"The more we can do for ourselves the better."
('Charlie,' personal communication, 30th May 2016)
This chapter discusses the final version of 12-12 that was used for the secondary user tests. We revisit the criteria for success established in Chapter 4 to evaluate this final version of the game. We acknowledge what the game accomplished and speculate on which aspects need further development.
The following images depict the final version of 12-12 we developed for this research.
The final version of 12-12 allowed a single person to use William Duncan’s device (defaulting player one). This required them to perform strength-training repetitions to begin the game and basic repetitions to play dominoes. Additional players simply had to press a domino to play it.
Interaction with the system was limited by the inaccuracy of the IMU sensors. In the timeframe of this research we were unable to collect consistent enough data from the sensors to accurately read the motions of the player wearing the device. Despite this, the ‘OZ paradigm’ (Kelley, 1984) implemented for user testing replicated the desired interaction with enough similarity to keep the tests valid.
Natural progression for the system would be to improve the use of sensors to accurately read input movements. Additionally, the multiplayer elements of the game need more detailed testing to ensure the connective potential of 12-12. Once these elements have been mastered, the next step would be to perform proper clinical trials and test the game on a broader audience for an extended period of time.
7.2 Evaluation Through Criteria
This section covers our personal evaluation of the game system’s ability to harbour adaptability, connectivity, and meaningful interactions.
Adaptability embodies how well 12-12 adjusts internal parameters to suit the personal needs of each player. Games in 12-12 can be padded out with more waiting time between turns by adding more players. This adjusts the difficulty of the game in a strategic sense, adding to the cognitive load on players, but also grants longer breaks between repetition targets. Increasing the ending score lengthens the game by the amount of rounds the player needs to complete to reach resolution. This is purely an experiential factor and does not influence the player’s rehabilitation any more than increasing the amount of repetitions. Such an increase directly affects the physical difficulty of play and is the easiest way to adapt to player progression.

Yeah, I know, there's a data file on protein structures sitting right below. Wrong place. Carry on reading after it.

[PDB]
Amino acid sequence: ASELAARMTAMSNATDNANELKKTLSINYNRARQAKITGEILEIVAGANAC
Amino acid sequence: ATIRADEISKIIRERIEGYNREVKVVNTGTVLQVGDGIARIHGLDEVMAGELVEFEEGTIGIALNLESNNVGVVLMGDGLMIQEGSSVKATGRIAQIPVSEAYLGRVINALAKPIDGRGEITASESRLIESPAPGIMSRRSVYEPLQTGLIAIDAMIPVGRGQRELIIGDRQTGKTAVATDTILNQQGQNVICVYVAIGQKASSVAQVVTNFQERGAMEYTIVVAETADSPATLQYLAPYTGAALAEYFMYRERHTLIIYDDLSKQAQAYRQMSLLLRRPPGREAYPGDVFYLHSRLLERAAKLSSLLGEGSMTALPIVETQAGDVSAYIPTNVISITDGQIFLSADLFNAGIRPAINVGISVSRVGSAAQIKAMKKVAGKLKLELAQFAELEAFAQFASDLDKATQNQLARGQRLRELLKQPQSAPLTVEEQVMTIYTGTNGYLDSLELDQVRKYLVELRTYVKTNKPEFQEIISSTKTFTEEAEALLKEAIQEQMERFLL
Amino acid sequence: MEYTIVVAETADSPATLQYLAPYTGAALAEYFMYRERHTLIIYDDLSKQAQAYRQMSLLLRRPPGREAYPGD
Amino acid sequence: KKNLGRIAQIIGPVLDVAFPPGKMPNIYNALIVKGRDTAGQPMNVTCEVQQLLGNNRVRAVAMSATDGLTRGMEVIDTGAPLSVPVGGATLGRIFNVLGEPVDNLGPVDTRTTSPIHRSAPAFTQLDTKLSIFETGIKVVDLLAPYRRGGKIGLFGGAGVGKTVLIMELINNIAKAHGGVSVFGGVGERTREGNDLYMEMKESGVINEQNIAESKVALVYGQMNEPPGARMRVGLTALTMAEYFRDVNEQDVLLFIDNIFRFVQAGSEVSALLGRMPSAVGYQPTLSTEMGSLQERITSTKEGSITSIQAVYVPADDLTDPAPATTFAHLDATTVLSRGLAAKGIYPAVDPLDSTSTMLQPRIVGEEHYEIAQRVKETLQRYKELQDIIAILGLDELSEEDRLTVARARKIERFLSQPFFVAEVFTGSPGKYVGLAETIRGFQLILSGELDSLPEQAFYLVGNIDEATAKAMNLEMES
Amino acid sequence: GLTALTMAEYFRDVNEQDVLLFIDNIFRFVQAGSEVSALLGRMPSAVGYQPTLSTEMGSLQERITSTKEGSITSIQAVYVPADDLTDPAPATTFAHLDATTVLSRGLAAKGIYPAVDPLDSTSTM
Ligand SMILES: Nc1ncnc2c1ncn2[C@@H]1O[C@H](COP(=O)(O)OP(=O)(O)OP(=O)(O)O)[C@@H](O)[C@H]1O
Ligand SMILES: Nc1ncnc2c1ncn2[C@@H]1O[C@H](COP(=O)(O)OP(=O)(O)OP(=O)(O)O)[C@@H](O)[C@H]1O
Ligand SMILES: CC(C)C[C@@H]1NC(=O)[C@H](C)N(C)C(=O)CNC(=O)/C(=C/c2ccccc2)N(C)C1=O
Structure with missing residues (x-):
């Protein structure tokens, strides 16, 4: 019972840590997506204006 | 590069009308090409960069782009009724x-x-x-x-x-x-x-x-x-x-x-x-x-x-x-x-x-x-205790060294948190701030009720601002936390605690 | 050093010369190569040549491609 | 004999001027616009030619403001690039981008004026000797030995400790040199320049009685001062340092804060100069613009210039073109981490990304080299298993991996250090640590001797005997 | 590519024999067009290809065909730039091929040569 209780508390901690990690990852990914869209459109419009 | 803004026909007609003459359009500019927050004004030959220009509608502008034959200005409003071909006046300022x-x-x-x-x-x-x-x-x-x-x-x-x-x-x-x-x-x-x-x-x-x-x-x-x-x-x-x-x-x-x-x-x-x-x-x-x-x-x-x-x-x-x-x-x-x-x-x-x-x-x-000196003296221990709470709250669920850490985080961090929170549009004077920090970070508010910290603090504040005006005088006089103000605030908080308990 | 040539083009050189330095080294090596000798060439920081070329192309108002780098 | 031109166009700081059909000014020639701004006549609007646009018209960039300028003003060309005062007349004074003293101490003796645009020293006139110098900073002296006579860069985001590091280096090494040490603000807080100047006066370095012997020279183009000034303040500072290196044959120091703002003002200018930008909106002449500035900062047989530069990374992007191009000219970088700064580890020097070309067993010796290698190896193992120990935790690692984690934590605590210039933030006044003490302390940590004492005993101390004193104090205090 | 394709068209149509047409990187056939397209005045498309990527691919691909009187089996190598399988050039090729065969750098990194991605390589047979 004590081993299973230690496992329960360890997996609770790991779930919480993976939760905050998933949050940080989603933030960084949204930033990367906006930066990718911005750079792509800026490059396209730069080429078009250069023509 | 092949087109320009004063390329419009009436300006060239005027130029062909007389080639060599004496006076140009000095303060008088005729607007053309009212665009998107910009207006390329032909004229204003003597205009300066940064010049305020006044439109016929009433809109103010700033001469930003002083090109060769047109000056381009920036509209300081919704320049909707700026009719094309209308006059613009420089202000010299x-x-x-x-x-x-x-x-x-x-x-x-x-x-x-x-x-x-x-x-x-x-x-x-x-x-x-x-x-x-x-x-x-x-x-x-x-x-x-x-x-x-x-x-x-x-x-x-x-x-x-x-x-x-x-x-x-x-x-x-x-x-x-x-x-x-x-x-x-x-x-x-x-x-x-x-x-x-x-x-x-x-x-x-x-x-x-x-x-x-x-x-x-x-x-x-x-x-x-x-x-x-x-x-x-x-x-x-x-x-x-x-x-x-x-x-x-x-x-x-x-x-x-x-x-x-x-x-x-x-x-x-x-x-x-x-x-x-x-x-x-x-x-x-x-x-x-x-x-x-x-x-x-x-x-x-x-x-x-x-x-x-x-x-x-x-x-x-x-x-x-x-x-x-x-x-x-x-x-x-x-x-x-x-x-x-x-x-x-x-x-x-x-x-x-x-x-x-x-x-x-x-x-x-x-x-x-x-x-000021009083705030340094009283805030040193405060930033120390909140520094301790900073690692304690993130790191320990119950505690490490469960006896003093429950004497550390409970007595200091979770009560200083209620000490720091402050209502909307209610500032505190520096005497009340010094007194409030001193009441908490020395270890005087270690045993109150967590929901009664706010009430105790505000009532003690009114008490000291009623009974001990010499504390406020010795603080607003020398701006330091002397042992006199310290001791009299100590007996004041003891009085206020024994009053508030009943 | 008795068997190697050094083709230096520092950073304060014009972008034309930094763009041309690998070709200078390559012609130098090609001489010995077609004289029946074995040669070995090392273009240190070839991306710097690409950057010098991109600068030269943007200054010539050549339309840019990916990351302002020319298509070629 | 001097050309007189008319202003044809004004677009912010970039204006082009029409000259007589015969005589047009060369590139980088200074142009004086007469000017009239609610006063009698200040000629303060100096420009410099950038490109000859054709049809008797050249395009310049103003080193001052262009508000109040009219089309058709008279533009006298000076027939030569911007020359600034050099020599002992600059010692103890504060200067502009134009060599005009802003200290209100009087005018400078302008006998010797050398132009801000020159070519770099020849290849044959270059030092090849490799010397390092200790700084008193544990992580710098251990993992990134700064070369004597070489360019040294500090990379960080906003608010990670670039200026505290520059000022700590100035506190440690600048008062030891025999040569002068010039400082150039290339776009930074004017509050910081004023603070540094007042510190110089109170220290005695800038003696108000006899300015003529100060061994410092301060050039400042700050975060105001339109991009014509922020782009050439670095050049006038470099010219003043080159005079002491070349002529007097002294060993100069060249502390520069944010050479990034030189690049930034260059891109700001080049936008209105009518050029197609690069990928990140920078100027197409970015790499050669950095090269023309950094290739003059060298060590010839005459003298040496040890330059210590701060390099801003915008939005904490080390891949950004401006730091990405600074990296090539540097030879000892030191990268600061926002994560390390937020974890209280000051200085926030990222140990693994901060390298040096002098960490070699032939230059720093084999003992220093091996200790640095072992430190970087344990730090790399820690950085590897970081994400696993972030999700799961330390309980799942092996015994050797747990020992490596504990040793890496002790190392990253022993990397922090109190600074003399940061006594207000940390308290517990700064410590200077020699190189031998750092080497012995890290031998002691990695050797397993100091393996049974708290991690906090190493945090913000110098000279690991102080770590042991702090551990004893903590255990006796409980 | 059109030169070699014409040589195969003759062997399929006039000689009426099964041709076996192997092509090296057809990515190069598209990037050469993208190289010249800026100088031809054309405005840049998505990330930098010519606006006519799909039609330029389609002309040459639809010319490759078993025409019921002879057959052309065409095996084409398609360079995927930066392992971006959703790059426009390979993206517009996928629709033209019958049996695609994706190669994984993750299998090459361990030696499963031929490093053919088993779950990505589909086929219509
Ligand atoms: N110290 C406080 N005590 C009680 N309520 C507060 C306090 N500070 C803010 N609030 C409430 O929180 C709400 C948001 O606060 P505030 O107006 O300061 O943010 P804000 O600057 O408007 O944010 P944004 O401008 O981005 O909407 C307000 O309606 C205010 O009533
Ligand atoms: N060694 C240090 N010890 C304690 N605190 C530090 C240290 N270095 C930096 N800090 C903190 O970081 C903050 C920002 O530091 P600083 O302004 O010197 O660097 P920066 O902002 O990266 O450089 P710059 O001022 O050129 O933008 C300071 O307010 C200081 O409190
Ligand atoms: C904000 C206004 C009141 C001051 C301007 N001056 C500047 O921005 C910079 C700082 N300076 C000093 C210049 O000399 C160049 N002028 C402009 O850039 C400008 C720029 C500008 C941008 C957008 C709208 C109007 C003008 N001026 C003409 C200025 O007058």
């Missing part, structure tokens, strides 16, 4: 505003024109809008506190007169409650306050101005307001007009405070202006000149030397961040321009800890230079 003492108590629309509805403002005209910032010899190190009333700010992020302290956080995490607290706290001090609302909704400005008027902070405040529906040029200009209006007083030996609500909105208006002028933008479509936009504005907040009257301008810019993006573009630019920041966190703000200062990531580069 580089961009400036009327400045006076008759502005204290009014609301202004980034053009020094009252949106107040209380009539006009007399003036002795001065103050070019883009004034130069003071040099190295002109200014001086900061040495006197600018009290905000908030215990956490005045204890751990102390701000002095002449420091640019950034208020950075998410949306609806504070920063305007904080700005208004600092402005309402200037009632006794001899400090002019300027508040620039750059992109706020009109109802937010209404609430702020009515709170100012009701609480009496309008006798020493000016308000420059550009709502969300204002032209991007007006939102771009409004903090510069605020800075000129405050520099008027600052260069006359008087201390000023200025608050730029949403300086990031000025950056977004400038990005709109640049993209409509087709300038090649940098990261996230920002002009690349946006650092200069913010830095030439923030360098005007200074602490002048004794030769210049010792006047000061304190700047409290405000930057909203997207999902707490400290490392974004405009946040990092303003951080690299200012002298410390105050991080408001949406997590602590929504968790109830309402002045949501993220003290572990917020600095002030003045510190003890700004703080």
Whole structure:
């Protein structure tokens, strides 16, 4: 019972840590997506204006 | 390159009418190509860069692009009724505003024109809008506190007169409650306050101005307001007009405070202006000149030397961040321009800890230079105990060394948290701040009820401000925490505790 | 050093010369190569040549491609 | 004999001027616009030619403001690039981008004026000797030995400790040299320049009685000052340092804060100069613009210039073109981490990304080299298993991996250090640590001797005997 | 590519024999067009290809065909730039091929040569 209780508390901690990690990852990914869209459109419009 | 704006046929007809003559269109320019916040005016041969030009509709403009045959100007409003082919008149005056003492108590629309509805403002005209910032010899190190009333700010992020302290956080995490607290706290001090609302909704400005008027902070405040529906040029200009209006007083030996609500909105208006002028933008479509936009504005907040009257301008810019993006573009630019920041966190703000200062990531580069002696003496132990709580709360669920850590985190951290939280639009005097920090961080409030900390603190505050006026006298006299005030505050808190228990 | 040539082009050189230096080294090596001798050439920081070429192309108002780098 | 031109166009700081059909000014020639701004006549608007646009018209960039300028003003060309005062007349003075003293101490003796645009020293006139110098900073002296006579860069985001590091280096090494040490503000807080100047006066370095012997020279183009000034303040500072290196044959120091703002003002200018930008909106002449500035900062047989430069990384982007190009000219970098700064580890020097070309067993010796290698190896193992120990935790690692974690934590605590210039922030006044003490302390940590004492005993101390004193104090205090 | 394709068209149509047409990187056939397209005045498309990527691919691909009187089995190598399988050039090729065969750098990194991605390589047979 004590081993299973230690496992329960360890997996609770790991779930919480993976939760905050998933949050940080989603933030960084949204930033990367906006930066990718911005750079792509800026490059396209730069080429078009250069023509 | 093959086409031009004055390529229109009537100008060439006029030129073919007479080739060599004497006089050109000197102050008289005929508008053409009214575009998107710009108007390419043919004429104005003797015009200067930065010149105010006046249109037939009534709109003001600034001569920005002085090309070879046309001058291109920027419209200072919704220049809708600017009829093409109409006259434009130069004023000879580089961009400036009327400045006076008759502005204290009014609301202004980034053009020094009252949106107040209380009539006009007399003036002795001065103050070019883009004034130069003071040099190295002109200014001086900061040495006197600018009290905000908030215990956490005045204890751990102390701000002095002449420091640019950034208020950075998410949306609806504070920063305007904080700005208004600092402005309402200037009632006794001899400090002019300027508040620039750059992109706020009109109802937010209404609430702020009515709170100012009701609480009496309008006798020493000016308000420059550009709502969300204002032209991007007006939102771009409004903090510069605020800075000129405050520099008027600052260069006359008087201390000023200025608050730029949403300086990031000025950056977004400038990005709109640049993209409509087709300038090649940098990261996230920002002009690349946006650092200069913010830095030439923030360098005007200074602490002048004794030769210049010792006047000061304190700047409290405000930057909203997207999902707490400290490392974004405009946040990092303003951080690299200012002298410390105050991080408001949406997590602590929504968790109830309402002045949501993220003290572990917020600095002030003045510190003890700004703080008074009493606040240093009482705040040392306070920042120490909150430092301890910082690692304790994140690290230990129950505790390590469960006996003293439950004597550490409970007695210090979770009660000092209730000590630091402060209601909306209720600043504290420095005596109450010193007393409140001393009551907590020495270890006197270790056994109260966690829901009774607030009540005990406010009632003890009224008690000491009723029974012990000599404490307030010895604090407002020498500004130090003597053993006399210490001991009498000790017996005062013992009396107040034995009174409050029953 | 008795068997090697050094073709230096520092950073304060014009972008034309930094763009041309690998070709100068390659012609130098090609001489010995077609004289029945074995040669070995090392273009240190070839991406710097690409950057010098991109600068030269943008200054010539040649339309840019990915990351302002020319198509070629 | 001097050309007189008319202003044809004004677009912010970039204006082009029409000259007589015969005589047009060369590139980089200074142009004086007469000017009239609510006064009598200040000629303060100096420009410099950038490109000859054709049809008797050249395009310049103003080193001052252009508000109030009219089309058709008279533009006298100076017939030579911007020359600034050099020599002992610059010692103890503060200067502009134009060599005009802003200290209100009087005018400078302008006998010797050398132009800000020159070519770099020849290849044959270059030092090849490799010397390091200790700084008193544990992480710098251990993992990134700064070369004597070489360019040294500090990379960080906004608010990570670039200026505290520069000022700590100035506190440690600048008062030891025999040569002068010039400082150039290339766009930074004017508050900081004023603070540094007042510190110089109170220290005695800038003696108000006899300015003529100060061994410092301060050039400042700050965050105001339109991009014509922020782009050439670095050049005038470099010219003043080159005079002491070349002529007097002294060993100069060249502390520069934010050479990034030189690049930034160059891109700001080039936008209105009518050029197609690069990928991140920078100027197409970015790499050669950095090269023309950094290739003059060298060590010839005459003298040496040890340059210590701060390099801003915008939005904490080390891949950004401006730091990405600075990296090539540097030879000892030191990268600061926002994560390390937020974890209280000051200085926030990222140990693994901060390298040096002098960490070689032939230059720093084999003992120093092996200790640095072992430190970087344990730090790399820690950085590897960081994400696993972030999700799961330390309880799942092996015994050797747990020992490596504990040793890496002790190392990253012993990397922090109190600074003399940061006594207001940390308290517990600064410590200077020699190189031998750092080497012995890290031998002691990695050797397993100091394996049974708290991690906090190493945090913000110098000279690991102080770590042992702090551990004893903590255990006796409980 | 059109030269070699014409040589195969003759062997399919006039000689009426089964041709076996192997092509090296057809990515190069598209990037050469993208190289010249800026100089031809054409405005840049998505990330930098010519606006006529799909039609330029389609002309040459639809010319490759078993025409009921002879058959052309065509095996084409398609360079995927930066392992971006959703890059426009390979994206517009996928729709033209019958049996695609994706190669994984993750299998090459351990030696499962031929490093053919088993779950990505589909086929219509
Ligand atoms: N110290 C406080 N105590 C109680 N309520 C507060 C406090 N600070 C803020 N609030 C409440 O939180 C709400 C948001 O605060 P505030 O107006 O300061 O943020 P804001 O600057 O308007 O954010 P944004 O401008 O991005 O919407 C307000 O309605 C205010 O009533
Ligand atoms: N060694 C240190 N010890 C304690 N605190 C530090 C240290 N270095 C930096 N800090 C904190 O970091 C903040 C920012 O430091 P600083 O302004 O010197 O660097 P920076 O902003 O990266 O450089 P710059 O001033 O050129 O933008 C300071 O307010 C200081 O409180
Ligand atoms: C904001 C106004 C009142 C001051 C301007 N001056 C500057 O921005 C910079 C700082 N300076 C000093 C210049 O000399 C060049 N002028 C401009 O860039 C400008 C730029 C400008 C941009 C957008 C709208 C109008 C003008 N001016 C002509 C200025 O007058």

The adaptable functionality of 12-12 allows for precise control over the physical requirements to play. The weakness of this functionality becomes apparent when the physical capabilities of the player are either very limited or highly capable. Severely limited players may not be able to complete a full game of dominoes, even with a low ending score. Catering to these players requires a reduced version of the game that ceases resemblance to typical dominoes. We hypothesise that such a version of 12-12 would be highly reliant on the novelty of interaction to entertain players. As novelty is a temporary phenomenon, alternative means of holding player attention would need to be explored.
Adaptability became the most significant criteria of the three. The abundance of backing literature, in tandem with clinical recommendation and feedback from users made it clear that adaptability was an absolute necessity for the success of the system. It was the easiest of the criteria to implement; most likely the result of its clear definition and purpose. Comparatively, the broadness of the other criteria made them more difficult to define.
Connectivity represents 12-12’s ability to foster social connections between its users. 12-12 takes advantage of the popularity and social nature of traditional tabletop games. Dominoes is a multiplayer game by default, meaning whether the device-user is playing with human or computer players, they are always interacting with another. The use of scoring between rounds encourages competitive play. The application of the device-user’s exercises in gameplay was deliberately kept separate from strategizing to keep all players on equal footing.
A limitation of the connectivity of 12-12 comes from the lack of network capabilities. Only having one player with a working device in a game discriminates them from other players, as their turns take significantly longer to complete. An ideal setup would involve every non-computer player using a device with their own calibration and exercise scheme. This would increase the wait time between turns, but the pacing of the game would be more consistent and device-users may feel less self-conscious. The lack of persistent player profiles limits the amount of personalisation users can experience through 12-12, therefore limiting their connection (and investment) with the game.